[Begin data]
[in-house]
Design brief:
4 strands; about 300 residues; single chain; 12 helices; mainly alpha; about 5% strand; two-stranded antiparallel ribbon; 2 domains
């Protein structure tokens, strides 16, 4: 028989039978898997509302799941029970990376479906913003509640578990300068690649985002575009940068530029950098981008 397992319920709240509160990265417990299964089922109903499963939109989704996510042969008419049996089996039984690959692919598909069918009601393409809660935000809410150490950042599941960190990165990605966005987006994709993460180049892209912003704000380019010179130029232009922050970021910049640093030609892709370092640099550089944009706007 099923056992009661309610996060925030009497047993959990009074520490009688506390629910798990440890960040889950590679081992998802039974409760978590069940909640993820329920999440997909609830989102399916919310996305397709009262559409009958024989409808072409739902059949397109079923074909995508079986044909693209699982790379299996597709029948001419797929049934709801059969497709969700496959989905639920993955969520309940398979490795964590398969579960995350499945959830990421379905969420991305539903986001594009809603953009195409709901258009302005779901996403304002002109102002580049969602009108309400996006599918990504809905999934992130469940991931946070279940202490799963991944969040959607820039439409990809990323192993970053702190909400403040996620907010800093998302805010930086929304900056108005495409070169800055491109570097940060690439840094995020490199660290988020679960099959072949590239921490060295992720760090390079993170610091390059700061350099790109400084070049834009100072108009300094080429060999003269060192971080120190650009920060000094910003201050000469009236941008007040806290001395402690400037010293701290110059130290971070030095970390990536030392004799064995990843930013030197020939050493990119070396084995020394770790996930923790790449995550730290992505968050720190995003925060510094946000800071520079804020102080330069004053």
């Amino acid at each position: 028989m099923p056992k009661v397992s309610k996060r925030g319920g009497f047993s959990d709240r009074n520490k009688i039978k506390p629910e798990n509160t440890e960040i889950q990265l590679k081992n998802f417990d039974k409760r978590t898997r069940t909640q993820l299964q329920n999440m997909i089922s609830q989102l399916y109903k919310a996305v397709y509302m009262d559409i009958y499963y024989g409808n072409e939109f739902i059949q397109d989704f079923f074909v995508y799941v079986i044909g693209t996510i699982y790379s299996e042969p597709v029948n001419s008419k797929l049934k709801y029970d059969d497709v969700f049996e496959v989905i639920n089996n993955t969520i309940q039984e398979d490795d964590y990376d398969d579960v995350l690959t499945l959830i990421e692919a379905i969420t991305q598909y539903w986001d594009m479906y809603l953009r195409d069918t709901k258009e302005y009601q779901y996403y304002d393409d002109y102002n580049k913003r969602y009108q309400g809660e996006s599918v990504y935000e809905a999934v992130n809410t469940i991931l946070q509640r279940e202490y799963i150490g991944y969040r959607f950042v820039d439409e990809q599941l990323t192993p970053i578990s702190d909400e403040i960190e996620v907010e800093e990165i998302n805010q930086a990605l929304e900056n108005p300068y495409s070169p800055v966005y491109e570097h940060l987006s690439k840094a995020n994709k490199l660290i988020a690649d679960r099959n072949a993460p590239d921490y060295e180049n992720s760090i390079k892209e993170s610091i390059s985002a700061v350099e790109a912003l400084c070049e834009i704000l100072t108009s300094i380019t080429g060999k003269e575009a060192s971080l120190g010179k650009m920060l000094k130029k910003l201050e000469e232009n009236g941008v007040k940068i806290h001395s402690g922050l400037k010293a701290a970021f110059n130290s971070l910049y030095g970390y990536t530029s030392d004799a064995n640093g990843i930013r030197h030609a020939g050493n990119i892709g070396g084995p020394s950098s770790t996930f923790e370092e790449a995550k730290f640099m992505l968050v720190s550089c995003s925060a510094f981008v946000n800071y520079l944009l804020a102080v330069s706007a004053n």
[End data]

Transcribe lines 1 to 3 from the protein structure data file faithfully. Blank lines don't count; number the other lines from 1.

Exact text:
[in-house]
Design brief:
4 strands; about 300 residues; single chain; 12 helices; mainly alpha; about 5% strand; two-stranded antiparallel ribbon; 2 domains